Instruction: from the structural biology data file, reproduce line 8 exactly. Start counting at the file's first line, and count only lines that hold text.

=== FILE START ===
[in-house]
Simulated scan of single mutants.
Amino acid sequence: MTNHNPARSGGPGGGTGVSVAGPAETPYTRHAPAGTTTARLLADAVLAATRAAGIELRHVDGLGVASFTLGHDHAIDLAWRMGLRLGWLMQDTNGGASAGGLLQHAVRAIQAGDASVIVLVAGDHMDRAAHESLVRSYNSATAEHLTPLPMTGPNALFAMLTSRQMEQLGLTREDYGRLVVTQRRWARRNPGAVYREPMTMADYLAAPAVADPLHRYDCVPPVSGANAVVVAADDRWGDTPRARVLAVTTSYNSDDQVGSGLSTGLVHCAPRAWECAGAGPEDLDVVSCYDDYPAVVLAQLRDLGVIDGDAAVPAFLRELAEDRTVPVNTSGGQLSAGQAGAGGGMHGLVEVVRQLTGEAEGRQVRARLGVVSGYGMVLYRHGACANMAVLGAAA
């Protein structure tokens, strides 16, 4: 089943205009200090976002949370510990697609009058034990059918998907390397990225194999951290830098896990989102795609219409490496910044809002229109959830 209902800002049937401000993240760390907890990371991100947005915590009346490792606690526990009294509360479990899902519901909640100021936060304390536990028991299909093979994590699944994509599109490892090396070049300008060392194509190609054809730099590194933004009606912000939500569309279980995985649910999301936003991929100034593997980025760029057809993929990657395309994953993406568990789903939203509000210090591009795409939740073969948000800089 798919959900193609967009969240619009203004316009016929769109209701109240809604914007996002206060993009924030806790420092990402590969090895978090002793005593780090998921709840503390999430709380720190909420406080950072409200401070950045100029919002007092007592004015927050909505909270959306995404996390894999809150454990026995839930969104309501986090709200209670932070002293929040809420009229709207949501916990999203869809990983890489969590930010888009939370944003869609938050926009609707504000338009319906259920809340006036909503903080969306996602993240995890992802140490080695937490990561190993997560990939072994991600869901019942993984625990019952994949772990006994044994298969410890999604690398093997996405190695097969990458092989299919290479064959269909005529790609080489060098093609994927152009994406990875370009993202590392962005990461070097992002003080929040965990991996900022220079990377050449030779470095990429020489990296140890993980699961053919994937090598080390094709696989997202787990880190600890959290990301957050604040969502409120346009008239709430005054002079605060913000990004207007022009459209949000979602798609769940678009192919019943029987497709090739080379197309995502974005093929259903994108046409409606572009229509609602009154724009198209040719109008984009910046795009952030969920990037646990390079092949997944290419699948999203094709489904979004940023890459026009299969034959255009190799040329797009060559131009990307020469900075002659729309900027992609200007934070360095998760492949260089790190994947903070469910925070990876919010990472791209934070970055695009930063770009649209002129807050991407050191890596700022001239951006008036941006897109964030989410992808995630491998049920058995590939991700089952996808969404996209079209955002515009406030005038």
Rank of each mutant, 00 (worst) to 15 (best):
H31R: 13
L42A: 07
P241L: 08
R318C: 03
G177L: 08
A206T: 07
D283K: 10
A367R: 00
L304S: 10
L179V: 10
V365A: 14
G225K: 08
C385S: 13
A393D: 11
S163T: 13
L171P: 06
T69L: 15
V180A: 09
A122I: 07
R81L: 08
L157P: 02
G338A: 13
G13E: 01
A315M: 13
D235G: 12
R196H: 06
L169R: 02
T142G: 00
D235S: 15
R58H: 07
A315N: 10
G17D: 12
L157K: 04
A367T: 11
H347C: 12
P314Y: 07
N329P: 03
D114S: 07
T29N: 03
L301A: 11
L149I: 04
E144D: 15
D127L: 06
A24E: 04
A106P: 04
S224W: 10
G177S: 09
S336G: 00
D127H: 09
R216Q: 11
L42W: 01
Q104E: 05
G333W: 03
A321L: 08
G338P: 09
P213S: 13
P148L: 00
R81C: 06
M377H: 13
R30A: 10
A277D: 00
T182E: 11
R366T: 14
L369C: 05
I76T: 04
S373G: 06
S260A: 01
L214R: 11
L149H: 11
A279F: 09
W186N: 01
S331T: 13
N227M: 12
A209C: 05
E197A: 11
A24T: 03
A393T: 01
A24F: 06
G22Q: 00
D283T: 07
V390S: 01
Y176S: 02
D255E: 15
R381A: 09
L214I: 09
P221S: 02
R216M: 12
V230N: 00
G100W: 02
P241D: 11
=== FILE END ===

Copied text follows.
P241L: 08